Saturday, April 5, 2008
Relative difficulty: Easy-Medium
Meeting up in Ithaca in a few hours, so this will be somewhat brief.
I tore through this puzzle at first - the NE corner may be the fastest Saturday corner I've ever experienced - and then I hit snags in about three different places, but none of them lasted very long. I ended up with a stupid error - and this is why you should read All the clues, Across and Down, especially on a Saturday: I was wondering (briefly) why SMILES was plural when the clue indicated a singular: 1D: Joke indicator. I had SDS at 26A and never even looked at the clue for 26A: Meas. of progress, at times because SDS is a perfectly good xword answer, e.g. [Radical '60s student group]. And so ... puzzle incorrect. I discovered the error pretty easily, thank god. Answers are SMILEY and YDS.
This puzzle began with me surmising that perhaps THE GAME was the answer to 36A: Singer whose 2002 song "Foolish" was #1 for 10 weeks (Ashanti). But the first Down cross I checked was the surprisingly easy 37D: Saves, e.g. (stat), and that single "S" jogged my 21st century music memory enough for me to recall (with no great joy) the name of ASHANTI. Back to STAT for a second: this puzzle seemed loaded with easy and (crosswordeasy) answers:
- ARIA - 16A: Da capo _____ (Baroque piece)
- OCALA - 54A: Central Florida Community College site
- OTOE - 50A: Nebraska City's county
- YIP - 47A: Pound sound
I was going to add SDS, but, well, you know. All the Acrosses (and the one short Down) in the SW corner are very basic 4-letter words:
- DANE - 60A: Rosencrantz or Gildenstern
- MATE - 55A: The other shoe, e.g.
- ACID - 58A: Mordant
- MEDE - 52D: Ancient denizen along the Caspian [It Returns!]
SCUM (51A: Cleaning target) was at least colorful and interesting. Anyway, I'm surprised at how much this puzzle relied on simple small answers. PDAS, GPAS, ELLS, etc.
After ASHANTI, the NE simply fell. That terminal "I" in ASHANTI made WATER SKI (14D: It's hard to do barefoot) a total gimme, and the corner fell from there. From there I floated down into the SE, with no hesitation until I reached the very far end of that corner. I had SEP where SPR was supposed to go (44A: When Arbor Day is observed: Abbr.), and while that may seem a small error, when your Down crosses are the absurd-looking POLLEE (45D: Question answerer) and READDS (46D: Checks, as checks), those two wrong letters make a huge difference. Because of the unexpected letter combos in those two answers, I assumed one of my long Acrosses was wrong. So I flailed for a little bit before the simplest of moves (changing SEP to SPR) fixed everything.
The next major snag - which was driving me crazy - was 27D: The Blue Demons of the N.C.A.A.'s Big East. I thought "Yes, gimme!" And then ... couldn't think of a school. Duke is the Blue Devils. Wake Forest is the Demon Deacons. I thought "... Drexel?" I had the final "L" and could think of nothing. This was humiliating to me, as I watch a lot of ESPN and have known the names of the major conference teams in NCAA basketball for well over a quarter century. Unh. Eventually I got the "D" and then the "P" from STRAP IN (33A: Get ready to take off) and there was DEPAUL. SW went down from there, and quickly. Actually, I told this story in the wrong order. I wrestled with the NW first, and then ended in the SW.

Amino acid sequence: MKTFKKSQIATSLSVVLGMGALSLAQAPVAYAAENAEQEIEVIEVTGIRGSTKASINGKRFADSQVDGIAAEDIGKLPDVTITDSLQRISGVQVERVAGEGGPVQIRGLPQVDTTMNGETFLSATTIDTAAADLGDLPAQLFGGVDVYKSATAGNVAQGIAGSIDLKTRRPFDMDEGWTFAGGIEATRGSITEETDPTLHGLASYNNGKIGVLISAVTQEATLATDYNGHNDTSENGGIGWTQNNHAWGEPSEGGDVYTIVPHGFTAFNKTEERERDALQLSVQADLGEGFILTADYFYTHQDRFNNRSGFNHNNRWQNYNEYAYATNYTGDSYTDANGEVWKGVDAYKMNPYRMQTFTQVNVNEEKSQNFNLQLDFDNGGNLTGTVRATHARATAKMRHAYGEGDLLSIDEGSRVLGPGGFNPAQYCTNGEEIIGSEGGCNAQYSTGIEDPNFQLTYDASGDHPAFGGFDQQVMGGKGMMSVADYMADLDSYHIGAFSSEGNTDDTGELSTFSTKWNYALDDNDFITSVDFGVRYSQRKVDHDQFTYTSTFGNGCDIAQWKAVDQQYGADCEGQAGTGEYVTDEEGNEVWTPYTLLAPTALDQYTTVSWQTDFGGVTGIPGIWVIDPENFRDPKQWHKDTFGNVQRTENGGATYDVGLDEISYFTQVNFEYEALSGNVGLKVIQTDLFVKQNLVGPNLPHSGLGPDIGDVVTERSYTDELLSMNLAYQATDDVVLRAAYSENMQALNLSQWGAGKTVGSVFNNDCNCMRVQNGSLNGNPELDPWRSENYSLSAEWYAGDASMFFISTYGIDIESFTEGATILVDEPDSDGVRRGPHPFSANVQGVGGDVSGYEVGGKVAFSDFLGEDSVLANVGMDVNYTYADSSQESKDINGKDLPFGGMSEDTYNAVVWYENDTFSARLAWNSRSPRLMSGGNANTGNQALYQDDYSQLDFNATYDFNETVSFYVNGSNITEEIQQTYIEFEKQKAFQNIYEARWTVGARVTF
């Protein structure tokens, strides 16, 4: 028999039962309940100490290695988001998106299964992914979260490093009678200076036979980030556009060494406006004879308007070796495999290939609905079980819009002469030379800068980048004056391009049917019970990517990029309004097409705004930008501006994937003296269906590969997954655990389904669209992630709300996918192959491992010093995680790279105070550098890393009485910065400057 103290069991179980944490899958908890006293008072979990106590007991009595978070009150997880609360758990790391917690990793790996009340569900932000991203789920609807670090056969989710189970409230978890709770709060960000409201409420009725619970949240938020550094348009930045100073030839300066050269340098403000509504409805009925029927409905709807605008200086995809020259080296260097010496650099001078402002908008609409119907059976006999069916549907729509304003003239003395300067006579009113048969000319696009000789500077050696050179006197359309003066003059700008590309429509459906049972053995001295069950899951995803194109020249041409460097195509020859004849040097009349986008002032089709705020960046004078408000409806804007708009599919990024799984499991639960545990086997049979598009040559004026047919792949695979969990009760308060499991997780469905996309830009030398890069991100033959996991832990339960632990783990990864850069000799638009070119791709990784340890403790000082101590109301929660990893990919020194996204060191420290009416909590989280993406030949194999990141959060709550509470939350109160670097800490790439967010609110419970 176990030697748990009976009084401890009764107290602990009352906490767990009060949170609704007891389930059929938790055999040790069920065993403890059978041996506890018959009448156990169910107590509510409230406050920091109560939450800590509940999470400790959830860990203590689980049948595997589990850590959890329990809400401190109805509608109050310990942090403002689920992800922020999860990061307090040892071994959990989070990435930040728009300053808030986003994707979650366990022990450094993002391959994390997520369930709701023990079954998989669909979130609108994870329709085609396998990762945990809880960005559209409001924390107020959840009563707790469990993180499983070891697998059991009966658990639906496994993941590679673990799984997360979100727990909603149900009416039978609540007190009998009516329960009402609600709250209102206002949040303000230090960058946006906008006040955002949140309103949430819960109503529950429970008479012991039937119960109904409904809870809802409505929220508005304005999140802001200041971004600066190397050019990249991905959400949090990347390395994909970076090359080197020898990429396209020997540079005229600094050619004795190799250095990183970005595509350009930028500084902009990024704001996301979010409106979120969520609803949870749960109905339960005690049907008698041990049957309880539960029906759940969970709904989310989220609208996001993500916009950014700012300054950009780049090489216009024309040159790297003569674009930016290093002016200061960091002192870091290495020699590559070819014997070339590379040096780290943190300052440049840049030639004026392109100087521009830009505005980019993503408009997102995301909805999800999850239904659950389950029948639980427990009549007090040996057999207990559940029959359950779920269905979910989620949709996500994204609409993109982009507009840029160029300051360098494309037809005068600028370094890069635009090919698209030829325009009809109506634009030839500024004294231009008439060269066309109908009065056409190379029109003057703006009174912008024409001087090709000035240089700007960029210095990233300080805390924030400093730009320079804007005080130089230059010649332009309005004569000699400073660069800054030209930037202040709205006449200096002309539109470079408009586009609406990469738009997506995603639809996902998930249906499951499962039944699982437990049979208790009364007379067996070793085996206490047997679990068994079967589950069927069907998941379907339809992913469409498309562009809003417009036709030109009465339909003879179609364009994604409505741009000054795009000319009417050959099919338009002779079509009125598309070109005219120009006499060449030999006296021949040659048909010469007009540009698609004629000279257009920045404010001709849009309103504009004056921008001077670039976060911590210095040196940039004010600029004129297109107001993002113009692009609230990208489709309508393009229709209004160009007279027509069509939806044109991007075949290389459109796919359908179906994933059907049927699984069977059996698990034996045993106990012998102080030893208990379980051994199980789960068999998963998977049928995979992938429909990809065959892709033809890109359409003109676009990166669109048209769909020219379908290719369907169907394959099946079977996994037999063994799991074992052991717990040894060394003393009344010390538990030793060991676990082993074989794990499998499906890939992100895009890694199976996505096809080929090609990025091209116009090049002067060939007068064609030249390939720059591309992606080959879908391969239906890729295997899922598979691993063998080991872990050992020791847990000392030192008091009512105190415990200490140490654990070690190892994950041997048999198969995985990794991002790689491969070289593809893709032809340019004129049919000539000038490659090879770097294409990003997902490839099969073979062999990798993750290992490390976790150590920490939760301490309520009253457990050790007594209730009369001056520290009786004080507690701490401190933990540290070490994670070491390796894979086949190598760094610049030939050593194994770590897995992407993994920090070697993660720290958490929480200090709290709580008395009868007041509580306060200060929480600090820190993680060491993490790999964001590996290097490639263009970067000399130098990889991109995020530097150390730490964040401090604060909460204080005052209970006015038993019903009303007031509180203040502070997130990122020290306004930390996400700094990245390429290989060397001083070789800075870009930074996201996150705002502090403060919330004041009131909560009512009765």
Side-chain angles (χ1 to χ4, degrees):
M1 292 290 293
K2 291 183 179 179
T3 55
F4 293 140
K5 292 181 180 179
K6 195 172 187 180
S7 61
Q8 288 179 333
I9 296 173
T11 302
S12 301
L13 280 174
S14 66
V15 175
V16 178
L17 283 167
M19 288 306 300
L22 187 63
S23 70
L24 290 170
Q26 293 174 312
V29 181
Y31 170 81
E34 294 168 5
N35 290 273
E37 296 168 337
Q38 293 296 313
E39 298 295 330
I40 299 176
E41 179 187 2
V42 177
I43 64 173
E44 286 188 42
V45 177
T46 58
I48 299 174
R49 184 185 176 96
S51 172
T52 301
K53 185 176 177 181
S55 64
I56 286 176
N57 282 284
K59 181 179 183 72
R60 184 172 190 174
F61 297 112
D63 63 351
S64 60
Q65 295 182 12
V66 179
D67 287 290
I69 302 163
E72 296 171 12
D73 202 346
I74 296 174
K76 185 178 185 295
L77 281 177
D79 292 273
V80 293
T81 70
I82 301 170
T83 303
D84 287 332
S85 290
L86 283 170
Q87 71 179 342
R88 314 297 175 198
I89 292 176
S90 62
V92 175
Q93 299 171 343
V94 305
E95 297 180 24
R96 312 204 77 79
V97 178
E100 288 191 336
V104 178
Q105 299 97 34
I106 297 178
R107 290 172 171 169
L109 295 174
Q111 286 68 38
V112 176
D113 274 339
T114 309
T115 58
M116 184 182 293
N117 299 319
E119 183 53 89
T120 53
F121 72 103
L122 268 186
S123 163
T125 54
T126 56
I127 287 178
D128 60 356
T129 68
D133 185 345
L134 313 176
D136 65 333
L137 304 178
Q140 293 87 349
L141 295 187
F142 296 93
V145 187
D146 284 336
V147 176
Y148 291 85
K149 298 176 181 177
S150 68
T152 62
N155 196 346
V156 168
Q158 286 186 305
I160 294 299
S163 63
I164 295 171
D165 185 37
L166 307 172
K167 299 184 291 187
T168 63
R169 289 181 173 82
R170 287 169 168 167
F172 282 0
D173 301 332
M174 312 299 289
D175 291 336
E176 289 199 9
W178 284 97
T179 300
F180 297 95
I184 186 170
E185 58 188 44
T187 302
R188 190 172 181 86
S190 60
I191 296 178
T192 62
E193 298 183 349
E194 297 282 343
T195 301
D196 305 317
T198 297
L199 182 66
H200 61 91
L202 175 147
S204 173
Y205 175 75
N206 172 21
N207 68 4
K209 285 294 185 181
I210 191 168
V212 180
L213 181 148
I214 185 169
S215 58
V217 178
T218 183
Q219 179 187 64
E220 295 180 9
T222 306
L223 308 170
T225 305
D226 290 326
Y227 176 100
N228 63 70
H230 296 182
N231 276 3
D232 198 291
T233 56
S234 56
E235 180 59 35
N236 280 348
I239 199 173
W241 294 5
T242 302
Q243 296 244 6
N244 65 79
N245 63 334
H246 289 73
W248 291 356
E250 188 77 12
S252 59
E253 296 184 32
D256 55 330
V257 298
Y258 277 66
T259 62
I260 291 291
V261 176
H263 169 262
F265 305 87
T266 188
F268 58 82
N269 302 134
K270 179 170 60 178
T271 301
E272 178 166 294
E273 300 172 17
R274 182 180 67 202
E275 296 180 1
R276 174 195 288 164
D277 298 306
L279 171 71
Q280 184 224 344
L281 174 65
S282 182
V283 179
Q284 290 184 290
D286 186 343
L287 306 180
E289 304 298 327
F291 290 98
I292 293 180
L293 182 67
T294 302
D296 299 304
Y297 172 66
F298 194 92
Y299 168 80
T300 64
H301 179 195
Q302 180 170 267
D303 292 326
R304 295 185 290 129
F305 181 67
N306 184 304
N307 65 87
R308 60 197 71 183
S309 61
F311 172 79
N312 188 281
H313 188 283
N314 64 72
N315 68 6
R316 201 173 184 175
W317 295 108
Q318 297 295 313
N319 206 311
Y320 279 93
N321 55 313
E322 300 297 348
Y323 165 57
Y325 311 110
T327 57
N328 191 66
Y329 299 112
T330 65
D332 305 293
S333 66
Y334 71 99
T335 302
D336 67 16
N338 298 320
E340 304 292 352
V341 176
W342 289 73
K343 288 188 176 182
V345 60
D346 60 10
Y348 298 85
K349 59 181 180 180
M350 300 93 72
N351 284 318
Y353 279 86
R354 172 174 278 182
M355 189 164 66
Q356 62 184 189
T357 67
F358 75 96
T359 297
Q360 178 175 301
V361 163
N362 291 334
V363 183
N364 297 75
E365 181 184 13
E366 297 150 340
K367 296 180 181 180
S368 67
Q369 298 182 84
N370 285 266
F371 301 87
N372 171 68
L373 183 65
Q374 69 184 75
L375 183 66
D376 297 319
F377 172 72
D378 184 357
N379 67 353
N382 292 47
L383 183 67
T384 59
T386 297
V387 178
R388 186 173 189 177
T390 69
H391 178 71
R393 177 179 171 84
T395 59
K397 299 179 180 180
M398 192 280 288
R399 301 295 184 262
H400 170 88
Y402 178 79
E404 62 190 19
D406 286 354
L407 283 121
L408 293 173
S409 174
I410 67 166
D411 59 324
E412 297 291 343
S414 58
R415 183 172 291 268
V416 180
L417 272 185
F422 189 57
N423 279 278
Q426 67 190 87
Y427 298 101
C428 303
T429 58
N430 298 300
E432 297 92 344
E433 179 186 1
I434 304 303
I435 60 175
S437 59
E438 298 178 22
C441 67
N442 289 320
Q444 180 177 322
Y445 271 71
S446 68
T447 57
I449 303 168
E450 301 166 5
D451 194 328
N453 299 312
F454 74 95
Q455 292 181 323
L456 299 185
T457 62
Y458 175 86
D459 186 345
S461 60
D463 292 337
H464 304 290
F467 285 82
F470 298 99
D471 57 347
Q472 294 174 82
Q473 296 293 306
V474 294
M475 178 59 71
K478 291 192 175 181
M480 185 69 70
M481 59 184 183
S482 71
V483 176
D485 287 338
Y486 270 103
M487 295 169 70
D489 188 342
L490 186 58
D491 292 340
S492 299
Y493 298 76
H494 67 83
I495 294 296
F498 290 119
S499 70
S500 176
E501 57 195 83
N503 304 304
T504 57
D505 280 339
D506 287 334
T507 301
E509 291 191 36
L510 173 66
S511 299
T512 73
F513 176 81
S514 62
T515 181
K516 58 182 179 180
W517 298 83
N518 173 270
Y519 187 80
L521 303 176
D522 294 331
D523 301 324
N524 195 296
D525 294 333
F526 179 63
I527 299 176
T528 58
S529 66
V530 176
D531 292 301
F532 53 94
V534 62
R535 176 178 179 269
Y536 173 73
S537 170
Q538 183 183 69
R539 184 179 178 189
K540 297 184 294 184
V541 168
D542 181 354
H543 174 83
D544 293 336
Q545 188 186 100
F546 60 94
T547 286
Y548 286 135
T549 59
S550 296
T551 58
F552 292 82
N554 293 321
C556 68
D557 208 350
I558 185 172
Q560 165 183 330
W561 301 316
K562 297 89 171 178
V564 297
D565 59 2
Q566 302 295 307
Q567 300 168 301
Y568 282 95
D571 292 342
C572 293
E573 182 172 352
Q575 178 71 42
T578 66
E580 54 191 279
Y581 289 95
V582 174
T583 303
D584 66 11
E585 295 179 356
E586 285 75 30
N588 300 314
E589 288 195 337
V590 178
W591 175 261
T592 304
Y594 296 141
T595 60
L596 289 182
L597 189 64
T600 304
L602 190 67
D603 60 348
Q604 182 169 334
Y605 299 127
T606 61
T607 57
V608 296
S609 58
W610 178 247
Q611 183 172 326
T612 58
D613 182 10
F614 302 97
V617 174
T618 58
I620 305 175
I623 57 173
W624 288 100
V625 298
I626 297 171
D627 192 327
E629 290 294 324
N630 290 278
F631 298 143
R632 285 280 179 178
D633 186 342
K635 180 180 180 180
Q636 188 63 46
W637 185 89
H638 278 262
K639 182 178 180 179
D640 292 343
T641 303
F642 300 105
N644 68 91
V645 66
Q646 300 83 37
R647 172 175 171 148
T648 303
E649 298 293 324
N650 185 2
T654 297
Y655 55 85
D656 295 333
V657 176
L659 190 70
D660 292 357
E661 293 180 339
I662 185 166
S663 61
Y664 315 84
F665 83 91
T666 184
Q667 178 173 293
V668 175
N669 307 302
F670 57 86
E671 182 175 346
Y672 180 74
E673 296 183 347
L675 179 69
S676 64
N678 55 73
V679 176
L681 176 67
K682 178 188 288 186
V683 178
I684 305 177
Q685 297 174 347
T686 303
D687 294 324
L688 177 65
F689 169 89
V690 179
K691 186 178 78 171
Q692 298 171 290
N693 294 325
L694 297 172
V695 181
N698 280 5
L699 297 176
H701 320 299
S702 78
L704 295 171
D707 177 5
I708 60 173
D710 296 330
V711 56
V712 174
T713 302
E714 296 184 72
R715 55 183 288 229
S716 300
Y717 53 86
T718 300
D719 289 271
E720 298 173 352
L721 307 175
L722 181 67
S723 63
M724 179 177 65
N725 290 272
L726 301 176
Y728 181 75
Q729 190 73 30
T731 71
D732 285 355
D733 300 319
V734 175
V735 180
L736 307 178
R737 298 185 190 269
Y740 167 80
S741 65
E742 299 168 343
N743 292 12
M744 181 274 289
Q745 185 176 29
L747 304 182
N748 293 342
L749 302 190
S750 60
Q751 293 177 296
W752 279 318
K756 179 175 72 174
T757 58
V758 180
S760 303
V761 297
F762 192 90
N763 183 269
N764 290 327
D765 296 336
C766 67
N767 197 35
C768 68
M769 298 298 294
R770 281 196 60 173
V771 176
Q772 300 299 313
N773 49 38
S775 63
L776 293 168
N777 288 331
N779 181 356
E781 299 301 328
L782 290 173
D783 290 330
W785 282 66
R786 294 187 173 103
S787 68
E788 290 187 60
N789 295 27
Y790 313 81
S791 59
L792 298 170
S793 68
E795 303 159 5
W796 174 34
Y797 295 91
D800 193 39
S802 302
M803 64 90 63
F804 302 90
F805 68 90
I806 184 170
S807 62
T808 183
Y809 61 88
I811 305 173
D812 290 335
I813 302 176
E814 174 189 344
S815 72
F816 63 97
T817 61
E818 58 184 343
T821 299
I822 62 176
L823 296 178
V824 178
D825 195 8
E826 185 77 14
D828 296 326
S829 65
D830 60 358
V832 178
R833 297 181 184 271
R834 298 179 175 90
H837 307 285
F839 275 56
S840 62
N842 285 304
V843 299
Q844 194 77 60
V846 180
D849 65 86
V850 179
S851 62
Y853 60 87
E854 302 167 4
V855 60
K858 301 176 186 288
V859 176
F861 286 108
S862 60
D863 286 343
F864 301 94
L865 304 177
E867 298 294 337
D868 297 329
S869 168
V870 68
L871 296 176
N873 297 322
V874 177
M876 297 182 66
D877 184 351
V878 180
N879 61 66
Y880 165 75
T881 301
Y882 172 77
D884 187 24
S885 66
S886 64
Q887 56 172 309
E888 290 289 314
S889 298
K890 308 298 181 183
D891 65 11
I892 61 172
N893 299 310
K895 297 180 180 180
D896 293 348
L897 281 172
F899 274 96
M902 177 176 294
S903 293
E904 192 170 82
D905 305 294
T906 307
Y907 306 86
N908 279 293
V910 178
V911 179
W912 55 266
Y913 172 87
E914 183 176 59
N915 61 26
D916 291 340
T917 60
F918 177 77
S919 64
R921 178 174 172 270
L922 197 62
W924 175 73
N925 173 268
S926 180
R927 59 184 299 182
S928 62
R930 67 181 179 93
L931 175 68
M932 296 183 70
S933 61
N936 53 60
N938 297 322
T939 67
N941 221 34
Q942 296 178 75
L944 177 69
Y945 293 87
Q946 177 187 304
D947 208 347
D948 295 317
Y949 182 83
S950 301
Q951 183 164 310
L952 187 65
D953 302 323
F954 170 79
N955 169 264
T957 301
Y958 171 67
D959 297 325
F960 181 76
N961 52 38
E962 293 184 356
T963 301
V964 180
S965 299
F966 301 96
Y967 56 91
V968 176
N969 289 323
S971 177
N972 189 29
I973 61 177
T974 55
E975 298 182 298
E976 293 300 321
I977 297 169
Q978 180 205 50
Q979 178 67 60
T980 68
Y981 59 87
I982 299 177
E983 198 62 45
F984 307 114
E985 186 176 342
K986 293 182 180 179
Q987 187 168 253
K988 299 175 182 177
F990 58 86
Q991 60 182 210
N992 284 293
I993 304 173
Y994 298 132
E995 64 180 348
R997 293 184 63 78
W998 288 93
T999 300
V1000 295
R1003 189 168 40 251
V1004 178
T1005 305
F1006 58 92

The NW (closer to the N, actually) was by far the roughest part of the puzzle for me, primarily because of parallel long science/math answers: TRIVALENT (7D: Like some chromium and arsenic) and RADIXES (8D: Base numbers, in math), the latter of which is horribly grating to me, as it looks like terrible Latin - I would have pluralized RADIX (root) as RADICES. But that's just me. Got the "X" only because I bothered to change THE LAW to TAX LAW (23A: Certain code). And I was done.
- 17A: Band with the 1982 platinum album "The Number of the Beast" (Iron Maiden) - this was Killing me,a s 1982 is Right Over the Plate for me. I had no idea IRON MAIDEN ever had a platinum album. Wow.
- 28A: River past the ruins of Nineveh (Tigris) - didn't know this, but had the -GR-, so what else was it going to be?
- 30A: Martin Luther's crime (heresy) - plus defacement of Church property, I think.
- 38A: Runway topper (tiara) - I associate "runway" more with models than pageant contestants, but I haven't watched a beauty pageant since 1979, so what do I know?
- 39A: Cakes often made with ground nuts (torte) - good example of how this puzzle went: I braced myself for something esoteric and got something basic.
- 56A: Bean product? (brain child) - the only Across in the SE that gave me any trouble. I had BRAIN and wanted BRAIN ... CHART?
- 59A: 10th-century exile from Iceland (Eric the Red) - great long answer. Super easy, since I already had ERI-.
- 61A: Upsetting types (dark horses) - another great answer. Dark Horse is also a publisher of (usually) high quality comics.
- 2D: Bygone New York daily, with "the" (Herald) - wanted WORLD, but it didn't fit.
- 5D: Rolaids alternative (Tums) - again, super super easy. Nearly every English-speaking person in America should have been able to get this instantly.
- 6D: "An' singin there, an' dancin here, / Wi' great and _____": Burns ("sma") - ironically, not a very SMA clue.
- 9D: Experiencing drunkenness (areel) - I like that the xword has so many different ways to refer to drunks and their various sensations (SOTS, TOSSPOTS, LIT, DTS, etc.)
- 23D: Inner tubes, e.g. (tori) - thank you, Mr. Nestler (best friend, mathematician)
- 30D: "Pal Joey" lyricist (Hart) - I wanted O'HARA, who wrote the story.
- 34D: Two-part lake connected by the Strait of Tiquina (Titicaca) - again, piece o' cake, once you get a cross or two (if not sooner).
- 35D: 1996 Emmy-winning role for Alan Rickman (Rasputin) - had no idea, but crosses made it obvious.
Signed, Rex Parker, King of CrossWorld